In 1986, Oklahoma State University (OSU) was one of nine colleges/universities nationwide to receive funding from the National Science Foundation to develop a middle school mathematics teacher preparation program. The project, entitled "The Development, Implementation, and Research for Educating Competent Teachers (DIRECT) Project," was a five-year cooperative effort between the OSU College of Arts and Sciences and the College of Education to develop a four-year undergraduate program by building on existing elementary and secondary education programs at OSU to prepare students for teaching mathematics at the middle school level. Characteristics of the DIRECT Middle School program in mathematics include:
- rigorous academic preparation in mathematics content (elementary education majors specializing in middle school mathematics are required to take twenty-six semester credits of mathematics),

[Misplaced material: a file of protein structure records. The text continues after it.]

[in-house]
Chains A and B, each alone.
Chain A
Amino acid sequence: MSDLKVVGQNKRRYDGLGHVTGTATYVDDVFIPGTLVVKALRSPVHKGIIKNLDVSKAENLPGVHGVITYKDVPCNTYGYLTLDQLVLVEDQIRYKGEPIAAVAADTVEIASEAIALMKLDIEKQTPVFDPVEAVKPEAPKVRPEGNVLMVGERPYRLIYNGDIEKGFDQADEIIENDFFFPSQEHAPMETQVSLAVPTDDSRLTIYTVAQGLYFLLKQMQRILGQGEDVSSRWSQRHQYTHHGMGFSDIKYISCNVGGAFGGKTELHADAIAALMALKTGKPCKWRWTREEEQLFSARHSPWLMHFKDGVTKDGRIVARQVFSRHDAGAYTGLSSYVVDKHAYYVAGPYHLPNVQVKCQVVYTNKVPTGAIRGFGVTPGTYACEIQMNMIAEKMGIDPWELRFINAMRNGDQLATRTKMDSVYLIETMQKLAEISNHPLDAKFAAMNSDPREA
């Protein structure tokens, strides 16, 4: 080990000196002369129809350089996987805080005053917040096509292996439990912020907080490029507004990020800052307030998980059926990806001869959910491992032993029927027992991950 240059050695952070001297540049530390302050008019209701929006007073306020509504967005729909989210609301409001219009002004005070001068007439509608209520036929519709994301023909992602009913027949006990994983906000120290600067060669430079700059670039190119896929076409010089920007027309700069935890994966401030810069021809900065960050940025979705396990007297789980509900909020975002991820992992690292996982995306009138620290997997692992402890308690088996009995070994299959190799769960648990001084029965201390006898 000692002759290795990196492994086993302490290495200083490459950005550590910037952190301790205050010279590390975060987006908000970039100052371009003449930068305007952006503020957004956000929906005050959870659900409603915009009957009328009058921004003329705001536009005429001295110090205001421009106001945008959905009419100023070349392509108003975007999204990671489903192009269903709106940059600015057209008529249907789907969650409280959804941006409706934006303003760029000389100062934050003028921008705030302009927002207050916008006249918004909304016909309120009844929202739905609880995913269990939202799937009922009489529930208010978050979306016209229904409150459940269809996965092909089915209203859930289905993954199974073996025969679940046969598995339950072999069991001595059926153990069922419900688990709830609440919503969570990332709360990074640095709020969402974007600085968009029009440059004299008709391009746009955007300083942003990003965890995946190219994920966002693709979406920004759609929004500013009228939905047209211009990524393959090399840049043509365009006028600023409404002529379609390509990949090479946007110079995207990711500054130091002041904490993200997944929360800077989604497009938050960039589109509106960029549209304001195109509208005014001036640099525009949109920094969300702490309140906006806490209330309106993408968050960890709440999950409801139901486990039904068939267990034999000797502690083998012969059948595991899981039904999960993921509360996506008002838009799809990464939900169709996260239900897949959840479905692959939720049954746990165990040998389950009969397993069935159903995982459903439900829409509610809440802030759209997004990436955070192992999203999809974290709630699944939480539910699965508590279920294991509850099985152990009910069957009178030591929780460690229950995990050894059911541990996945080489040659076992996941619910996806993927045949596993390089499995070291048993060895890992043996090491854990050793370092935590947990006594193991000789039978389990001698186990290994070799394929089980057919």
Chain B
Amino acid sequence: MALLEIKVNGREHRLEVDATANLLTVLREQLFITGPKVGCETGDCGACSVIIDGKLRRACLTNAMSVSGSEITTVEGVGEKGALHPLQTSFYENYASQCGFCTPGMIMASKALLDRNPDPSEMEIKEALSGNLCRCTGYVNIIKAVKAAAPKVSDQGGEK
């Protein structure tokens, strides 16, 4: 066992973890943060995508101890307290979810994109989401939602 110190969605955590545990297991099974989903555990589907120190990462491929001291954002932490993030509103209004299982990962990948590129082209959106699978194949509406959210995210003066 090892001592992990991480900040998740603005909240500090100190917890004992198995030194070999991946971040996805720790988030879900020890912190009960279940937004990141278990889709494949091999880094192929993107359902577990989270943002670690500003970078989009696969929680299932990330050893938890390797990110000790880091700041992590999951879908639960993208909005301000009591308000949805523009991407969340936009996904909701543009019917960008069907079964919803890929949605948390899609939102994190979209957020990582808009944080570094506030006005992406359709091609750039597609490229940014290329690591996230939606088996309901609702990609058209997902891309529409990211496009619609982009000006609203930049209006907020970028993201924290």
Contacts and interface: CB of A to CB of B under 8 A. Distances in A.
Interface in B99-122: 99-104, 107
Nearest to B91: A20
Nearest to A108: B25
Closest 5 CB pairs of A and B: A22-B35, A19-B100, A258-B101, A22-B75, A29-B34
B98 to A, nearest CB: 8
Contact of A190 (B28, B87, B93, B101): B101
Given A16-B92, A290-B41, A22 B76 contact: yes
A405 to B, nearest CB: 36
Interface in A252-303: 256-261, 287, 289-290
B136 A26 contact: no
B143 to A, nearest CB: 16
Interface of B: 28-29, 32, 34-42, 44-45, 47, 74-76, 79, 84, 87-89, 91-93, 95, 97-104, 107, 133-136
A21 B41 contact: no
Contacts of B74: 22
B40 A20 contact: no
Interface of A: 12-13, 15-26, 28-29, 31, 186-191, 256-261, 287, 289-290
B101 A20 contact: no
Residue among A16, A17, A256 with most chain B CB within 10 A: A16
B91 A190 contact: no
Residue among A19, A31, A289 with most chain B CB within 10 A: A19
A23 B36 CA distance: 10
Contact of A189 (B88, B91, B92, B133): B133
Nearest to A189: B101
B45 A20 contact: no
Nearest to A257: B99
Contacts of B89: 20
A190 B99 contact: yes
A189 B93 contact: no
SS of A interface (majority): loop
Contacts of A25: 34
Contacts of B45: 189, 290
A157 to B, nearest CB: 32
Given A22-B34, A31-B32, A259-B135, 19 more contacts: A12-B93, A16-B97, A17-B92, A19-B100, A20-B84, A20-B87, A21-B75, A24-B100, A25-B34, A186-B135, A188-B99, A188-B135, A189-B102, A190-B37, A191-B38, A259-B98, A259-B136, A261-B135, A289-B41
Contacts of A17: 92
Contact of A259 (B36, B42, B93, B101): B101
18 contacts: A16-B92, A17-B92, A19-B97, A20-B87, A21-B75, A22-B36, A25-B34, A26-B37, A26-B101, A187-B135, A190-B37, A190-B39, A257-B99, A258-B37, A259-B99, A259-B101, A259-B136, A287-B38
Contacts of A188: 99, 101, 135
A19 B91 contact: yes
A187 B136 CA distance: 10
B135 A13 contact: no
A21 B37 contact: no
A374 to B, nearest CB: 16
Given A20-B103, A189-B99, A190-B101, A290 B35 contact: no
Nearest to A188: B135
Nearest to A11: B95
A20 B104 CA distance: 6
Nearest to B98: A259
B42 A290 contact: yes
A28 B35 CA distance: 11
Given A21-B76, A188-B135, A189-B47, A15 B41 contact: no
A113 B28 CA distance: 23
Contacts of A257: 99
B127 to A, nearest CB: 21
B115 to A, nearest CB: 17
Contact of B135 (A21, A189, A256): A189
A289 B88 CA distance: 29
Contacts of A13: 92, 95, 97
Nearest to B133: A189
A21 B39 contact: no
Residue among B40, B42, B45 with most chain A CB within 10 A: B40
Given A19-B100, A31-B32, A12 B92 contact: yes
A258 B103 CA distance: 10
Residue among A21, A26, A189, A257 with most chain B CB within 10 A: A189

- a 3-credit middle school mathematics methods courses,
- the use of technology as a tool for teaching and learning integrated into all special middle school courses,
- early establishment of a middle school professional identity with a freshman middle school orientation course in the first semester of enrollment and three 1-credit field experiences in the middle school beginning in the second semester of enrollment,
- a capstone mathematics course, entitled "Introduction to Math Modeling," taken during the senior year,
- a "History of Mathematics" course, and
- a 3-credit course on the psychology of the middle school child.
The DIRECT Program was instrumental in raising the mathematics requirements for all OSU elementary education majors from 6 credits in mathematics, satisfied by two courses requiring no special college level mathematics prerequisites, to 9 credits, including 3 credits of College Algebra and two 3-credit course, Math Structures and Geometric Structures, each requiring College Algebra as a prerequisite.